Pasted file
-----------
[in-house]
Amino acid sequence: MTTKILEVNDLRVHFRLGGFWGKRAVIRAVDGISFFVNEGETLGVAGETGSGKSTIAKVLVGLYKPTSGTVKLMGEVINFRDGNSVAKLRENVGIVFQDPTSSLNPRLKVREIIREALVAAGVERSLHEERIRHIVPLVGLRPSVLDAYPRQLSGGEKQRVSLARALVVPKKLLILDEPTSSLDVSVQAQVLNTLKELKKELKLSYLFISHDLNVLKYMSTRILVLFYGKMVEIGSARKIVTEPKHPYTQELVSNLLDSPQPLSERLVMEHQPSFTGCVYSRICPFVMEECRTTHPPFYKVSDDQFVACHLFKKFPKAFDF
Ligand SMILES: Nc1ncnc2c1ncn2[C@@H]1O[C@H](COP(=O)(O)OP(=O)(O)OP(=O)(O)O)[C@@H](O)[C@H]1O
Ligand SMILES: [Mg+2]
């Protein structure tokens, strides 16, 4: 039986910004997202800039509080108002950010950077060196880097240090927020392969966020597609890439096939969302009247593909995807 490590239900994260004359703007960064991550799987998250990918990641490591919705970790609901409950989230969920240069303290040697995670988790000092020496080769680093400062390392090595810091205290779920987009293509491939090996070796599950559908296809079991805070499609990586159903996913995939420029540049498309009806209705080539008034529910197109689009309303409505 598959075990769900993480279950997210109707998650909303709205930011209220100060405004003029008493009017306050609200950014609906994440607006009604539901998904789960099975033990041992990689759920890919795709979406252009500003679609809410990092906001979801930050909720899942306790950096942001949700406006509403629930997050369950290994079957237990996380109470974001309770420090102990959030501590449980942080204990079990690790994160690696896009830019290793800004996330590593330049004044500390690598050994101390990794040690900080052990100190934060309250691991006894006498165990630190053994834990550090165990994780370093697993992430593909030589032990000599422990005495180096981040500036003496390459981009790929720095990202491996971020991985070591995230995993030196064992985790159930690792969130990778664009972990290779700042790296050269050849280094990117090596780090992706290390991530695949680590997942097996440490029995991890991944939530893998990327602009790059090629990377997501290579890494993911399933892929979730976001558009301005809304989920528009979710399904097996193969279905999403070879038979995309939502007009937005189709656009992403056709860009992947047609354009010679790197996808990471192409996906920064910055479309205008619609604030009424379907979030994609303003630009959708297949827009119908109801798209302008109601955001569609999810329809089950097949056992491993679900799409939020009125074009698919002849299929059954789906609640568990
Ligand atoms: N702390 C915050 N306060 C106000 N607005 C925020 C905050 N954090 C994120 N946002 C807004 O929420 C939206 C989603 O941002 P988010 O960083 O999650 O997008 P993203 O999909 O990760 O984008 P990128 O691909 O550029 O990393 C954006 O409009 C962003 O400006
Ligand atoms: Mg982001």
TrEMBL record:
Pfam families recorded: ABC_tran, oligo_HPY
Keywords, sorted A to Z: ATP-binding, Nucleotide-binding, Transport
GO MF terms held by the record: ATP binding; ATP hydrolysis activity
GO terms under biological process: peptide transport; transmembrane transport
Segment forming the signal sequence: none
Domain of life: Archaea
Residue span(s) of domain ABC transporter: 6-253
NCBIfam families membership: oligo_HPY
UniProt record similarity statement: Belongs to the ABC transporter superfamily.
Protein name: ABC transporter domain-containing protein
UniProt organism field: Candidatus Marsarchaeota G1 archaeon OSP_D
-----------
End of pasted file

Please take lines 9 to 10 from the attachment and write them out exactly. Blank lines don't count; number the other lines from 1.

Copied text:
Pfam families recorded: ABC_tran, oligo_HPY
Keywords, sorted A to Z: ATP-binding, Nucleotide-binding, Transport